In Presbyterian circles, when the idea of Sabbath observance comes up, you inevitably come up against the Presbyterian myth of the Sabbath. It goes like this: When I was a child we went to church on Sunday morning, and then again on Sunday evenings, and the rest of the day you had to rest. You could read a book on Sunday afternoon, but that was about it. No playing sports. No running around in the house. There was certainly no cutting the grass, and no working in the garden. We wouldn’t have dreamed of going shopping on Sunday – and even have if we wanted to pick up a few things for dinner, the store would be closed. Things sure have changed, haven’t they?
When we think about our Sabbath myth, we have to ask what it means for us. And it seems to me that there are at least two ways to look at it. On the one hand, this Sabbath myth points to a religious practice that we are glad to be done with. In this sense our Sabbath myth points to an time when we were a bunch of legalists, a people that didn’t know what it meant to attend to Spirit rather than the letter of the law. From this point of view, the fact that all those old rules have fallen to the wayside will be seen as good news. Thank goodness, we might say, those days of rigid legalism, of stoic Presbyterianism, have come to an end.
But in our contemporary context it seems that our Sabbath mythology might also function in quite a different way as well. Perhaps our Presbyterian Sabbath narrative serves also as a kind of nostalgic wishing after something lost. Today we experience so much fatigue – how could we not experience fatigue in a world drive by materialism, consumerism, and individualism. And since we have so few concrete practices to give substance to our spiritual lives, perhaps we wish for a time when things were simpler. Maybe we long for a time when keeping the Sabbath was something undertaken with social and cultural support. In this sense, when we think about those quiet Sunday afternoons – when we think about the fact that we couldn’t go shopping or play sports – maybe there is a kind of longing for simpler days. Our Sabbath myth represents our longing for days when Sabbath rules gave structure to our spiritual life and gave a meaningful simplicity to life.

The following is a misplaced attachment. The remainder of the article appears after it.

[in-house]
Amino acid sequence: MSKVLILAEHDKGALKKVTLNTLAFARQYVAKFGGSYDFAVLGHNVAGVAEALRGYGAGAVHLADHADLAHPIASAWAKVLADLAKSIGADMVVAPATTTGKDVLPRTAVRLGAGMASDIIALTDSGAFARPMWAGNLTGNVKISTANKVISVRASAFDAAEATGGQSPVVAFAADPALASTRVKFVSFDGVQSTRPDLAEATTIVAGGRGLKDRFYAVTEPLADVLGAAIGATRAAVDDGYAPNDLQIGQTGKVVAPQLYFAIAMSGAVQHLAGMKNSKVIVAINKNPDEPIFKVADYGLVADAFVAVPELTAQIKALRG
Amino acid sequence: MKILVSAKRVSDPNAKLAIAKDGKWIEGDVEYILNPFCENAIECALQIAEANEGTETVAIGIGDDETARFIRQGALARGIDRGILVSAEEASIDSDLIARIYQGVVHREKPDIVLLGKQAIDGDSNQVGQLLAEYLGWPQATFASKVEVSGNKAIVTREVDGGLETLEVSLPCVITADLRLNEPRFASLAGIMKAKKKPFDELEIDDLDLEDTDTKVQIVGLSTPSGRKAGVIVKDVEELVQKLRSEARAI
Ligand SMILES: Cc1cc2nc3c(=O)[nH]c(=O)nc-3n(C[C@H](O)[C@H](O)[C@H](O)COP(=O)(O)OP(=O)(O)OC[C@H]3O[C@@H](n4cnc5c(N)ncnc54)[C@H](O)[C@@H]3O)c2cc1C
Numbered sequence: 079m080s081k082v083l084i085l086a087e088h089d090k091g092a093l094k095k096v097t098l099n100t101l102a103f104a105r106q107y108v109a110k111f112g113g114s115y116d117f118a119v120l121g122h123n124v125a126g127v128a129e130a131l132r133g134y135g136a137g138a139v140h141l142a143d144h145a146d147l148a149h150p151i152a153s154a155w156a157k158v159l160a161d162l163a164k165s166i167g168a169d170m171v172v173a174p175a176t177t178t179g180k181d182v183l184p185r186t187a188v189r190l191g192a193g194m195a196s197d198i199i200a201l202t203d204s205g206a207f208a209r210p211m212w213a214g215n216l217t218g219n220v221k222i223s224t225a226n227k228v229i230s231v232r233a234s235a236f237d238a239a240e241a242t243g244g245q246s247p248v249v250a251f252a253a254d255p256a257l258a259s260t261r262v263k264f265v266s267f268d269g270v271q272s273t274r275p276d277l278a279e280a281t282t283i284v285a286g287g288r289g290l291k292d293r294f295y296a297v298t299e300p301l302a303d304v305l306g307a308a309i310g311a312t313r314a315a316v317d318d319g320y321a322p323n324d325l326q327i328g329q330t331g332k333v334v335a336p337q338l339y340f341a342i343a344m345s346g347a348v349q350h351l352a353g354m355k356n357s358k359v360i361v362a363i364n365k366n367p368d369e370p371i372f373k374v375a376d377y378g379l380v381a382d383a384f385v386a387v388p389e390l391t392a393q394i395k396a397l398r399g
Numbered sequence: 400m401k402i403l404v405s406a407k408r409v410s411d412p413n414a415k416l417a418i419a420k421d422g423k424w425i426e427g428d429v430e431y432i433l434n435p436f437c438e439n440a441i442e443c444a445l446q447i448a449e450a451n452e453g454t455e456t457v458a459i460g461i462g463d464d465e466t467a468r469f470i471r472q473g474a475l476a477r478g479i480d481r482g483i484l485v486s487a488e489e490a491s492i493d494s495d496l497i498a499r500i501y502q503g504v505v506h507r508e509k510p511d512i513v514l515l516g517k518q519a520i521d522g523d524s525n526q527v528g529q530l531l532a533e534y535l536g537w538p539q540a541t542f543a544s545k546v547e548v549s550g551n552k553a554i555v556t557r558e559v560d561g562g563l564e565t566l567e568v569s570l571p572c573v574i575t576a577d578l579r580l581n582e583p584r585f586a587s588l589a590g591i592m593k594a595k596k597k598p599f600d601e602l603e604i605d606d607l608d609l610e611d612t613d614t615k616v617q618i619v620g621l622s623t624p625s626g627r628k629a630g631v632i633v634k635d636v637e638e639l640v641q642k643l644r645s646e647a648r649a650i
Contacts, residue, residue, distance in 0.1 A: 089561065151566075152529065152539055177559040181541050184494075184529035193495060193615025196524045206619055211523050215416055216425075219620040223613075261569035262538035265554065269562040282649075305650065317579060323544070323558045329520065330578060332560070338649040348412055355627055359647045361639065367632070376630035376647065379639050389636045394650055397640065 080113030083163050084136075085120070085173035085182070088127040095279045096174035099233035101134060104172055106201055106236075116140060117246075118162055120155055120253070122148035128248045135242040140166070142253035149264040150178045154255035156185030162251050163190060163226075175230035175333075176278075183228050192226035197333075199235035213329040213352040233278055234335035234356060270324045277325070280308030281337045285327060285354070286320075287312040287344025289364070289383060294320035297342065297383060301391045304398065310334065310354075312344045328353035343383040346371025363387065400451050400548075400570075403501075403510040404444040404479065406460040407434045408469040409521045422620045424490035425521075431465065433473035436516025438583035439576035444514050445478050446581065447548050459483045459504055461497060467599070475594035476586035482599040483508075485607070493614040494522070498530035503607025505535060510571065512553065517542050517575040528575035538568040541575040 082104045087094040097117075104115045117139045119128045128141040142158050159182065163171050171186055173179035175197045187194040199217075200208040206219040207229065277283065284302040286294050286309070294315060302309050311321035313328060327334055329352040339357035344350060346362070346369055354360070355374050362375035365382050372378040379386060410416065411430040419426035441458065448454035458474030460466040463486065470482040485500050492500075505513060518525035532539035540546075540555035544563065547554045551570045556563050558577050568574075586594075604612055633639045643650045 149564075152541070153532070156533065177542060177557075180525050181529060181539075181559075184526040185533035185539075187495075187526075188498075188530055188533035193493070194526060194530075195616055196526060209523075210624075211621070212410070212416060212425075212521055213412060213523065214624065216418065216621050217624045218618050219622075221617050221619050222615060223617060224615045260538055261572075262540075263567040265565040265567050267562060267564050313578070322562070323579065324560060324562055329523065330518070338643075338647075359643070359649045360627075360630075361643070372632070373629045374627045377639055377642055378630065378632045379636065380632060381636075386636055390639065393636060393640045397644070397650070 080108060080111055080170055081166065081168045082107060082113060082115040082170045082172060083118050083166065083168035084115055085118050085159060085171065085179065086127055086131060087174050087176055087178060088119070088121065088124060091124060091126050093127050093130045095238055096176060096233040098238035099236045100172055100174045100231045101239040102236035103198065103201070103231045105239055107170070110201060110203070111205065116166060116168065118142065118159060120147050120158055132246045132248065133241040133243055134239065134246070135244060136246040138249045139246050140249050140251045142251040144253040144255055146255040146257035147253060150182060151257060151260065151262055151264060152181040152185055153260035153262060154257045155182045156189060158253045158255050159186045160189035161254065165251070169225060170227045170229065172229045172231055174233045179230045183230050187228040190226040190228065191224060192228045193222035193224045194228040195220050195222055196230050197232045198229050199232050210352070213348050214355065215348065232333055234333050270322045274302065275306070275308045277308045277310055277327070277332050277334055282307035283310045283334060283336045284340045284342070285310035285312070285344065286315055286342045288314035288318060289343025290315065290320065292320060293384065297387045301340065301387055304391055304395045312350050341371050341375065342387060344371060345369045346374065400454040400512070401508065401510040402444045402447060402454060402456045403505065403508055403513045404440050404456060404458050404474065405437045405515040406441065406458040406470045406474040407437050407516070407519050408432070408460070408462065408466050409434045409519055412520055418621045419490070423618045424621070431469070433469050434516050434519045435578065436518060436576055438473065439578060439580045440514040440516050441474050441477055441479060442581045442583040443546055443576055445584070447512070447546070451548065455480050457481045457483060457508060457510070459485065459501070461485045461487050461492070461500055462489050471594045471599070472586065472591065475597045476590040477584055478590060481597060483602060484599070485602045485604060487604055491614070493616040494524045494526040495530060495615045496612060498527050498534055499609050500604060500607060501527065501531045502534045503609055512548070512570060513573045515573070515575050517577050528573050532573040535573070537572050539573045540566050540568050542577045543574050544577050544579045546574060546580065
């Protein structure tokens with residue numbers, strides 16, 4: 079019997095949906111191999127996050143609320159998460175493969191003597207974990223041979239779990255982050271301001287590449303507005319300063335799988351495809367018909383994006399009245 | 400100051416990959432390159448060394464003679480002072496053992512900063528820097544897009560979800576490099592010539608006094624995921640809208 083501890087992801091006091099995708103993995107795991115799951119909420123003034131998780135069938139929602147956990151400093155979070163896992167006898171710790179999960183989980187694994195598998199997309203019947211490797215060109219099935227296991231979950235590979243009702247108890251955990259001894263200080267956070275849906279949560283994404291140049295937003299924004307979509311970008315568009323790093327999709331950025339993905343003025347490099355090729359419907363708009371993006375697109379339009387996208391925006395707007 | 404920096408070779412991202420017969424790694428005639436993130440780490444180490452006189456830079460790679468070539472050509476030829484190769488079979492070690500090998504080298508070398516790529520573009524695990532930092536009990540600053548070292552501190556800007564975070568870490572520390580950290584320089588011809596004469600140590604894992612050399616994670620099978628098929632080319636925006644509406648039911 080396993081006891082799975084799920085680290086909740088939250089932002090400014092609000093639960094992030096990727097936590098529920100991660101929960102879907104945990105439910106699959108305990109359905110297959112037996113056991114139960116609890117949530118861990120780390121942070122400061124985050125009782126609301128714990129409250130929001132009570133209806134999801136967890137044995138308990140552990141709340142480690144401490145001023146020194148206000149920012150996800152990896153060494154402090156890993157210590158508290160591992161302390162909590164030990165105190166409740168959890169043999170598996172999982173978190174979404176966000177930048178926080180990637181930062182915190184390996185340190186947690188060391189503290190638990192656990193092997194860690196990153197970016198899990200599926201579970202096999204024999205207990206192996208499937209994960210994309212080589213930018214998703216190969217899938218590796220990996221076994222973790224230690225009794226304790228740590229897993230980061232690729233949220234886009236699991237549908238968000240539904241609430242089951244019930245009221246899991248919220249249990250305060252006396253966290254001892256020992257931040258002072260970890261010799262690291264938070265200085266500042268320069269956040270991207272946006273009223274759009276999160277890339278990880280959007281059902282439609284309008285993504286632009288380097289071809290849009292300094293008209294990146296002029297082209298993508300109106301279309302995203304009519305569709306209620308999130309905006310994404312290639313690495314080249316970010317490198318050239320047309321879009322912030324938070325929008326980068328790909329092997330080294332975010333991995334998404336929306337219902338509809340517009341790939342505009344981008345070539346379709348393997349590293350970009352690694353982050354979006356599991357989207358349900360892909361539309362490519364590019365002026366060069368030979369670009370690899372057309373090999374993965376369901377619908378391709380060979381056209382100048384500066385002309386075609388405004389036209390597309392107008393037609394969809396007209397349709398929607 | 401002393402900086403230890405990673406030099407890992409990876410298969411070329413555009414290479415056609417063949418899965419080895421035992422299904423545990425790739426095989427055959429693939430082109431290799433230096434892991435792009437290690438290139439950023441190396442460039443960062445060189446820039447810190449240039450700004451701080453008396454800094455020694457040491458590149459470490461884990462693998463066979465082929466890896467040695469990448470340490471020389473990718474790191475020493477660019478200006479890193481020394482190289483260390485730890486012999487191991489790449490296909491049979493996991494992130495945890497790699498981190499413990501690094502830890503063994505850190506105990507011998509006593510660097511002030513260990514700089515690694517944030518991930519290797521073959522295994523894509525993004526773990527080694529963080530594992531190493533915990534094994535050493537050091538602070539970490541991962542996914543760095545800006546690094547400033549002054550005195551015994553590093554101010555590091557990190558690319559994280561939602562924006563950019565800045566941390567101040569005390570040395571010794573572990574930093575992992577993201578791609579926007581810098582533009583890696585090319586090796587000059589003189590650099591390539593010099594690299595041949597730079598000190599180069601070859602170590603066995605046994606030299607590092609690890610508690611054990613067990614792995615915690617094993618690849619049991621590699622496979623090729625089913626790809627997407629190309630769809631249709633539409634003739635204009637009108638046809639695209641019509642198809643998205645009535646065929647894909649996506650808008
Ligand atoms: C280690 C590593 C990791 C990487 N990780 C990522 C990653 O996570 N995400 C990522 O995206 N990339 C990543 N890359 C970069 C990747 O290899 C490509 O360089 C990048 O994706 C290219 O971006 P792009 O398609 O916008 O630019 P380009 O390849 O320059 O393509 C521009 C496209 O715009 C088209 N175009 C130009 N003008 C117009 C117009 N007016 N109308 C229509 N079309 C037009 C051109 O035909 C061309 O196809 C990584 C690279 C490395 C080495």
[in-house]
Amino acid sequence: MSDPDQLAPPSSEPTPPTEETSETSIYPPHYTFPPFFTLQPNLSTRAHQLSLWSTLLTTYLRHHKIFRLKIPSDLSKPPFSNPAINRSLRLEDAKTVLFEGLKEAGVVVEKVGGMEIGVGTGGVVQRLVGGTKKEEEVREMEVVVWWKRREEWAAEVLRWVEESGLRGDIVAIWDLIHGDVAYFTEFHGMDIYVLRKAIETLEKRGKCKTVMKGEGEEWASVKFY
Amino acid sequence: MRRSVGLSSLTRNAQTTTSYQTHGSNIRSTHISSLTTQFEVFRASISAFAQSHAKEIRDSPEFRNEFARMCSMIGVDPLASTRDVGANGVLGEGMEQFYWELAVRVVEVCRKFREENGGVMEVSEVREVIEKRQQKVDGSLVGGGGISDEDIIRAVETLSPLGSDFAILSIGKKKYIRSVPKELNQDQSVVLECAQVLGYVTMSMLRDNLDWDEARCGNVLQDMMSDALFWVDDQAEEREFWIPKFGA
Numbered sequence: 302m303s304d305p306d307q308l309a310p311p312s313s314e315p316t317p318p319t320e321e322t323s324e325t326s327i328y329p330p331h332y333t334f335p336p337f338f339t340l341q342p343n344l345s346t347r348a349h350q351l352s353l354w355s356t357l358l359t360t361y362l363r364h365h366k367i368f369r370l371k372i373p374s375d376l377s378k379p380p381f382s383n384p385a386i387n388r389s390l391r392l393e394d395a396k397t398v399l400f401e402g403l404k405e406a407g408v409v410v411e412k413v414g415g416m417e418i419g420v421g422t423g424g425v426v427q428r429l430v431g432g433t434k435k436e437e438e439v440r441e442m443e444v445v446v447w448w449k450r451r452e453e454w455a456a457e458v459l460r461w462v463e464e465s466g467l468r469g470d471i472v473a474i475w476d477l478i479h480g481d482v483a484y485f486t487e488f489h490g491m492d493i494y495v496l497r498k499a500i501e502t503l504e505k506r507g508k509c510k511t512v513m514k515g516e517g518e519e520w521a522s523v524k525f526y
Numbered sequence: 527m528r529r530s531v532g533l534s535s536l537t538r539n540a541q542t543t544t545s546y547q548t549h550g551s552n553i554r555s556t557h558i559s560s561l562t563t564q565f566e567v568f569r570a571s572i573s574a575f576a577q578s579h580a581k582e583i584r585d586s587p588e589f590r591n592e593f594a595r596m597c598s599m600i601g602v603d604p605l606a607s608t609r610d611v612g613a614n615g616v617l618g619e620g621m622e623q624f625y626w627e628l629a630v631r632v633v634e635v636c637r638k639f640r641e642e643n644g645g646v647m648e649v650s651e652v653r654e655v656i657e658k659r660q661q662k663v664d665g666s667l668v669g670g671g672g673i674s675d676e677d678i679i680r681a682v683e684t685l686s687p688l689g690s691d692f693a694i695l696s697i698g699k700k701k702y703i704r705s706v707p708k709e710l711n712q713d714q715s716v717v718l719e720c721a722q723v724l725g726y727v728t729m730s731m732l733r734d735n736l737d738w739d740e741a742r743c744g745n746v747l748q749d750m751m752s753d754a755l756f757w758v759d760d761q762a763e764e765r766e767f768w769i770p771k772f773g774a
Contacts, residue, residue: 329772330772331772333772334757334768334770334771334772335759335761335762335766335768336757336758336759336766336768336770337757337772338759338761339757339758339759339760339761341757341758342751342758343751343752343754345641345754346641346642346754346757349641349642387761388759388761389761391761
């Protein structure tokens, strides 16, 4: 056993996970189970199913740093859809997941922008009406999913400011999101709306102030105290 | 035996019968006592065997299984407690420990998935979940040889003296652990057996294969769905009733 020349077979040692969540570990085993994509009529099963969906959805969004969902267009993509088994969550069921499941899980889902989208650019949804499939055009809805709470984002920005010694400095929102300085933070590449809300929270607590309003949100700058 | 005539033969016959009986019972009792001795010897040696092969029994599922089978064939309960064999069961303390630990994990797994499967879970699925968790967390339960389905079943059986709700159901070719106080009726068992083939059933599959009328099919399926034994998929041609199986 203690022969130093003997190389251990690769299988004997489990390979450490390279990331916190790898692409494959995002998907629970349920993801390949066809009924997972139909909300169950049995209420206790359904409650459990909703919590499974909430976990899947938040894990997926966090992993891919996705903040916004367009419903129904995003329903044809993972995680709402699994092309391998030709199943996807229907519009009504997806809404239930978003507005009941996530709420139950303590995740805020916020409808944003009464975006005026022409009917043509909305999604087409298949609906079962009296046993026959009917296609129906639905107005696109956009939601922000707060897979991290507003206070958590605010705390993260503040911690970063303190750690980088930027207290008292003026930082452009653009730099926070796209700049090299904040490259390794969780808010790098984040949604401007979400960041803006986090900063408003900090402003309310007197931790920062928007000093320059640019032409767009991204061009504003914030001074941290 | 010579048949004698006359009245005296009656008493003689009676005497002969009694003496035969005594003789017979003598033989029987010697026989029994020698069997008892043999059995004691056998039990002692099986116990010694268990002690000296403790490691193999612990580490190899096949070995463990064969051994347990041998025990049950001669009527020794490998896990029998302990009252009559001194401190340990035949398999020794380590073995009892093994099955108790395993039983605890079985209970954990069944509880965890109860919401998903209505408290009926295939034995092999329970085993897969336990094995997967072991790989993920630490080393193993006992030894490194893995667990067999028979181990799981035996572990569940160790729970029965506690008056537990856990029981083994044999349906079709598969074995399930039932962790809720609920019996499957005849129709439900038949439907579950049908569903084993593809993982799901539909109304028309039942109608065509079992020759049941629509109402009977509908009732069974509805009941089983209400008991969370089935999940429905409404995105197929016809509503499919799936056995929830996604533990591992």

Perhaps our Sabbath myth has both of these aspects to it at the same time. It reminds us of an age of cold legalism and forced conformity that we are glad to be done with – but also reminds us of an age of structured rest that seems forever lost to us.
Out of all of this, perhaps we take this fundamental realization – that in many respects we lack resources for keeping the Sabbath today. We don’t have a Sabbath story for today. We know little or nothing about what it might mean to keep Sabbath at the beginning of the twenty-first century.
Obviously we can’t solve the problem of Sabbath observance in one sermon. But this morning we are going to explore the question of Sabbath with some help from the Danish philosopher and theologian Søren Kierkegaard. Perhaps he can shed some light on our path toward Sabbath-keeping. In his book Works of Love, Kierkegaard offers a series of reflections on the Apostle Paul’s idea that love is the fulfilling of the law. And in important ways Kierkegaard’s discussion of this idea – that love is the fulfilling of the law – can help us think carefully and well about Sabbath observance.
The first thing to notice his Kierkegaard’s insistence that law and love are not opposed to each other. Of course that’s what the Apostle is saying too. Kierkegaard writes these words: “Only foolishness sets the Law and love at loggerheads…or even speaks ill of the one to the other.” Whatever the relationship between law and love, we can’t see law and love as standing in opposition to each other – which in fact is a very common way of thinking in our culture today. We constantly hear that we should just forget about the law, forget about rules, and love people. But how can we set law and love in opposition to each other if they both have their source in God. To set law and love against each other is to set God against himself.